Please help. Is this a structural issue?

Discussion in 'Framing and Foundation' started by RMC41714, Aug 18, 2019.

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  1. Aug 18, 2019 #1

    RMC41714

    RMC41714

    RMC41714

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    Hi everyone, I have recently purchased a home on Long Island New York that is not to far from the ocean. It is an older home that was built in 1961. Recently I have noticed that there Are a lot of wall cracks in the house. Some of them appear to have been previously repaired or covered up. As of now, the foundation doesn’t seem to be bowing or have any cracks. However I do have hardwood floors that are uneven and sloped in some places. Any advice if this is more of a foundation issue , or normal house settling? Thanks so much in advance.

     
  2. Aug 18, 2019 #2

    RMC41714

    RMC41714

    RMC41714

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    AB89B1AA-9FEB-41E0-821D-9849CA5A4D1F.jpeg 728A18BB-B642-42EA-88DF-4B89EC67FC00.jpeg
    728A18BB-B642-42EA-88DF-4B89EC67FC00.jpeg Two more pics . One is a previously unnoticed crack in basement wall starting at basement window, and other is diagonal crack from top of door.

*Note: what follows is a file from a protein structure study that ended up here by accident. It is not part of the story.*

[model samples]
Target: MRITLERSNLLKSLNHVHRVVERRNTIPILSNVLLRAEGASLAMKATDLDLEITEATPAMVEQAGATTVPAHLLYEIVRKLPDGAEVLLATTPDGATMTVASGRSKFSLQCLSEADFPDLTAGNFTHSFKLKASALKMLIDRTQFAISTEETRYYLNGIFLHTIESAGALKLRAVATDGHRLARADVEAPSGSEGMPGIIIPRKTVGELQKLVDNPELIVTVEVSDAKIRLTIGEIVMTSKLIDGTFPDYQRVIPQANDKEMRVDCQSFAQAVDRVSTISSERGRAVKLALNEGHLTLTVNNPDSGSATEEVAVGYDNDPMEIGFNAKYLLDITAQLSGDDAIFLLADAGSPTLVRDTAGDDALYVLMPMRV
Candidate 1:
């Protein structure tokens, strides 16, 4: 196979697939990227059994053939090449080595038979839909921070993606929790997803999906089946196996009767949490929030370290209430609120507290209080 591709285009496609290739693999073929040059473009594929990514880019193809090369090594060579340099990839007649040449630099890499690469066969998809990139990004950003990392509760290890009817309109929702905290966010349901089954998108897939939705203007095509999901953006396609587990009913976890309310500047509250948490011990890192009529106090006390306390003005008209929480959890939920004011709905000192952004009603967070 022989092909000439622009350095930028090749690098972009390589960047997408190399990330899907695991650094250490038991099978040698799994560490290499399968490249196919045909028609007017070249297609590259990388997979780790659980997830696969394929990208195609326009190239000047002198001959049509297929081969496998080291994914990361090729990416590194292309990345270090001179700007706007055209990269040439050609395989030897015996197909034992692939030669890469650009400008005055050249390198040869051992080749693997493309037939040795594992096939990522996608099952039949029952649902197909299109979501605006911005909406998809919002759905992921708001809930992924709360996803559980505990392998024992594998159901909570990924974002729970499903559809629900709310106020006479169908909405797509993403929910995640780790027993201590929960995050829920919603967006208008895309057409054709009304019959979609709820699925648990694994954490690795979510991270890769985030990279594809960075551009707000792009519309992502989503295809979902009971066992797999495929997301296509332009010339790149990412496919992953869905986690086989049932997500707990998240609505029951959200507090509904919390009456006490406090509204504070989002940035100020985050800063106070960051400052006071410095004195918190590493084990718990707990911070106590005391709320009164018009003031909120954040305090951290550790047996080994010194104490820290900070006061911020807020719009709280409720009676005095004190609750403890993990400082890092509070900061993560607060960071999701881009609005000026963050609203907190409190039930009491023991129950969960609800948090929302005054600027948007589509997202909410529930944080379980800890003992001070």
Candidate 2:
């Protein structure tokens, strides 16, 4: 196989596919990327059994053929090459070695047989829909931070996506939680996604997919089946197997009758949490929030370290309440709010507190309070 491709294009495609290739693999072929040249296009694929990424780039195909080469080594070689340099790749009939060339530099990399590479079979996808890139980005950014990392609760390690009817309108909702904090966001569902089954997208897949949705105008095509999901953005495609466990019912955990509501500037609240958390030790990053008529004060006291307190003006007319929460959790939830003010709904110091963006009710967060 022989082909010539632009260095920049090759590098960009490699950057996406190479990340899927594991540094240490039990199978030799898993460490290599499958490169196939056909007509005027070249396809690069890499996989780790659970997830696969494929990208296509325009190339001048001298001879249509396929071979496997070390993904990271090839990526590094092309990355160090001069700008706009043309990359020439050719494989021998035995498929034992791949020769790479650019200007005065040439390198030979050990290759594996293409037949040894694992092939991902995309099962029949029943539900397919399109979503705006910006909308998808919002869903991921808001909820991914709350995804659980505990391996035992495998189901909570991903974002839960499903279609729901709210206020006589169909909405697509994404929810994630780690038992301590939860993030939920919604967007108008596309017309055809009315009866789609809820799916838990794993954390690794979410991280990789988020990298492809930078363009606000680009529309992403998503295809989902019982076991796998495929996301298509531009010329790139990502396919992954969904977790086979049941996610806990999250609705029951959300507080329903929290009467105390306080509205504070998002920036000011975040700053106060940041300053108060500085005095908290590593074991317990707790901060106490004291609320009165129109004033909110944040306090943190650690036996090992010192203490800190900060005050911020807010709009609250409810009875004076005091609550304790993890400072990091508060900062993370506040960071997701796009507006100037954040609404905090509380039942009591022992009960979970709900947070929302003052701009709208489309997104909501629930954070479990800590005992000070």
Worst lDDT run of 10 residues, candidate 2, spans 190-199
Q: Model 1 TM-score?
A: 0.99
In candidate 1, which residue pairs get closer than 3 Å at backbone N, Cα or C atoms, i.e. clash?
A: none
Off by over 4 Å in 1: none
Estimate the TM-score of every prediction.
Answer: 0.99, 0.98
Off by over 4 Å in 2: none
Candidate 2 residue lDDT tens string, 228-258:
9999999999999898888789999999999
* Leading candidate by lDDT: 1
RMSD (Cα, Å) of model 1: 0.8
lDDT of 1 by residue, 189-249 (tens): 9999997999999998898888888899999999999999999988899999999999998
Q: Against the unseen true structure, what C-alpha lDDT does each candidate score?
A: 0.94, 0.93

Last edited: Aug 18, 2019
  3. Aug 19, 2019 #3

    nealtw

    nealtw

    nealtw

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    Settling usually happens in the first year or two and repairs even ugly ones usually stay repaired unless there is more movement over time.
    Footing depth compared to frost depth is a good thing to consider.
    If the frost depth is 36" and your foundation is at 34", it may only freeze to that depth every few years and would only move things a bit.
    The next could be clay soil under the foundation that swells and shrinks depending on moisture content.
    So really the trick is to figure out why the house has moved and is it still moving .
    Houses can be leveled from under it but that is pointless if the real problem is not solved.
    I would do a detail drawing of the crawlspace or basement and set up a laser so it can be seen from most of the basement.
    And measure from the laser line up to the subfloor ever 5 or 6 ft along the perimeter wall and the center walls if you have them.
    Record all the readings on the plan.
    Check that again when the ground is wet when ever your rainy season is. Any changes then would indicate a drainage and clay issue.
    If it is a frost depth issue, sometimes you can raise the dirt level outside or bury insulation foam board under the dirt to give it more protection. You would check what the code is and try to figure what depth you have.

    The detailed drawing with elevations would also be used if you were to jack it up and level it.
     

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